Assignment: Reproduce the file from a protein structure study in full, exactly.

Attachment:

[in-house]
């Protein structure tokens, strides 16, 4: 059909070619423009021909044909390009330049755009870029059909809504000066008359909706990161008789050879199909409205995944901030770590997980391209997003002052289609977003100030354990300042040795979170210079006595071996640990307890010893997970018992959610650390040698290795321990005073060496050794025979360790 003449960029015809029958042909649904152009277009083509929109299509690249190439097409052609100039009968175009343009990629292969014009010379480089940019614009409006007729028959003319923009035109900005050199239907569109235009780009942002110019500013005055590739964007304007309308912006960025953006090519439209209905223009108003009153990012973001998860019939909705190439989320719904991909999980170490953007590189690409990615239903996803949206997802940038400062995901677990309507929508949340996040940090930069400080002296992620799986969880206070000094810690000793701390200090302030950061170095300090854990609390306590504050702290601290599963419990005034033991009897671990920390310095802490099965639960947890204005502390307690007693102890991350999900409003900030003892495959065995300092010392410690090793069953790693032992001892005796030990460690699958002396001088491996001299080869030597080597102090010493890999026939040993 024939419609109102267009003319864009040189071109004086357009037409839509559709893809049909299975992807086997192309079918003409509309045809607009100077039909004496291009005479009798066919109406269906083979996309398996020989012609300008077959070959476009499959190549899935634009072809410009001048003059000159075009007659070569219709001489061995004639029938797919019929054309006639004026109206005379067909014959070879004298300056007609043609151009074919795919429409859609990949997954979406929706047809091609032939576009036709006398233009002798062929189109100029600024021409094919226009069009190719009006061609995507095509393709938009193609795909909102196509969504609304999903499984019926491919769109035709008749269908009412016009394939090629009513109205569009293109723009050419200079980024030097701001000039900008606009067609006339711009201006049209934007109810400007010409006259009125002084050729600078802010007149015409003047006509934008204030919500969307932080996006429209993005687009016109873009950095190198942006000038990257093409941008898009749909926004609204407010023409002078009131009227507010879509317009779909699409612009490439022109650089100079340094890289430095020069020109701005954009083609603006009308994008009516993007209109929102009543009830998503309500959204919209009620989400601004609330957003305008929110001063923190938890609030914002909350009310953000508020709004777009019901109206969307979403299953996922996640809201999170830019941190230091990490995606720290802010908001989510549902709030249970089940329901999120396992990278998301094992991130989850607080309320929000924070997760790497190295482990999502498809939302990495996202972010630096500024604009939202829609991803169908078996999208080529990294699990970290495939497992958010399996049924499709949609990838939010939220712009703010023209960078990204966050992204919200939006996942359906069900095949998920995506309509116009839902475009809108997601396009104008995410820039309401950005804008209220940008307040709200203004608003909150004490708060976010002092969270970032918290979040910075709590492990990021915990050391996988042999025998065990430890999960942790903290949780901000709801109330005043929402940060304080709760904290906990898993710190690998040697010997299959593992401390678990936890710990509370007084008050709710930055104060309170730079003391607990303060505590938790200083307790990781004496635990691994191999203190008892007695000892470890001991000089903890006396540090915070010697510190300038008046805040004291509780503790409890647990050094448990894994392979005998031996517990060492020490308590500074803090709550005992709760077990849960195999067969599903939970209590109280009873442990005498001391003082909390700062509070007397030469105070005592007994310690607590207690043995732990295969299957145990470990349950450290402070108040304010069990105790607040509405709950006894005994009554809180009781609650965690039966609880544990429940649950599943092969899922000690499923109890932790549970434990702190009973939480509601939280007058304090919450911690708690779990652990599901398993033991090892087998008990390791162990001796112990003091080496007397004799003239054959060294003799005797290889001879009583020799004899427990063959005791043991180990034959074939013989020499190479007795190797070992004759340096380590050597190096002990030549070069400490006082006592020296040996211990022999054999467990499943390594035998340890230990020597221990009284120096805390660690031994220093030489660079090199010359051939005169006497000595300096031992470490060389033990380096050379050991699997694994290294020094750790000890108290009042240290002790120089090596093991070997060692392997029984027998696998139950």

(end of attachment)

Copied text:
[in-house]
């Protein structure tokens, strides 16, 4: 059909070619423009021909044909390009330049755009870029059909809504000066008359909706990161008789050879199909409205995944901030770590997980391209997003002052289609977003100030354990300042040795979170210079006595071996640990307890010893997970018992959610650390040698290795321990005073060496050794025979360790 003449960029015809029958042909649904152009277009083509929109299509690249190439097409052609100039009968175009343009990629292969014009010379480089940019614009409006007729028959003319923009035109900005050199239907569109235009780009942002110019500013005055590739964007304007309308912006960025953006090519439209209905223009108003009153990012973001998860019939909705190439989320719904991909999980170490953007590189690409990615239903996803949206997802940038400062995901677990309507929508949340996040940090930069400080002296992620799986969880206070000094810690000793701390200090302030950061170095300090854990609390306590504050702290601290599963419990005034033991009897671990920390310095802490099965639960947890204005502390307690007693102890991350999900409003900030003892495959065995300092010392410690090793069953790693032992001892005796030990460690699958002396001088491996001299080869030597080597102090010493890999026939040993 024939419609109102267009003319864009040189071109004086357009037409839509559709893809049909299975992807086997192309079918003409509309045809607009100077039909004496291009005479009798066919109406269906083979996309398996020989012609300008077959070959476009499959190549899935634009072809410009001048003059000159075009007659070569219709001489061995004639029938797919019929054309006639004026109206005379067909014959070879004298300056007609043609151009074919795919429409859609990949997954979406929706047809091609032939576009036709006398233009002798062929189109100029600024021409094919226009069009190719009006061609995507095509393709938009193609795909909102196509969504609304999903499984019926491919769109035709008749269908009412016009394939090629009513109205569009293109723009050419200079980024030097701001000039900008606009067609006339711009201006049209934007109810400007010409006259009125002084050729600078802010007149015409003047006509934008204030919500969307932080996006429209993005687009016109873009950095190198942006000038990257093409941008898009749909926004609204407010023409002078009131009227507010879509317009779909699409612009490439022109650089100079340094890289430095020069020109701005954009083609603006009308994008009516993007209109929102009543009830998503309500959204919209009620989400601004609330957003305008929110001063923190938890609030914002909350009310953000508020709004777009019901109206969307979403299953996922996640809201999170830019941190230091990490995606720290802010908001989510549902709030249970089940329901999120396992990278998301094992991130989850607080309320929000924070997760790497190295482990999502498809939302990495996202972010630096500024604009939202829609991803169908078996999208080529990294699990970290495939497992958010399996049924499709949609990838939010939220712009703010023209960078990204966050992204919200939006996942359906069900095949998920995506309509116009839902475009809108997601396009104008995410820039309401950005804008209220940008307040709200203004608003909150004490708060976010002092969270970032918290979040910075709590492990990021915990050391996988042999025998065990430890999960942790903290949780901000709801109330005043929402940060304080709760904290906990898993710190690998040697010997299959593992401390678990936890710990509370007084008050709710930055104060309170730079003391607990303060505590938790200083307790990781004496635990691994191999203190008892007695000892470890001991000089903890006396540090915070010697510190300038008046805040004291509780503790409890647990050094448990894994392979005998031996517990060492020490308590500074803090709550005992709760077990849960195999067969599903939970209590109280009873442990005498001391003082909390700062509070007397030469105070005592007994310690607590207690043995732990295969299957145990470990349950450290402070108040304010069990105790607040509405709950006894005994009554809180009781609650965690039966609880544990429940649950599943092969899922000690499923109890932790549970434990702190009973939480509601939280007058304090919450911690708690779990652990599901398993033991090892087998008990390791162990001796112990003091080496007397004799003239054959060294003799005797290889001879009583020799004899427990063959005791043991180990034959074939013989020499190479007795190797070992004759340096380590050597190096002990030549070069400490006082006592020296040996211990022999054999467990499943390594035998340890230990020597221990009284120096805390660690031994220093030489660079090199010359051939005169006497000595300096031992470490060389033990380096050379050991699997694994290294020094750790000890108290009042240290002790120089090596093991070997060692392997029984027998696998139950």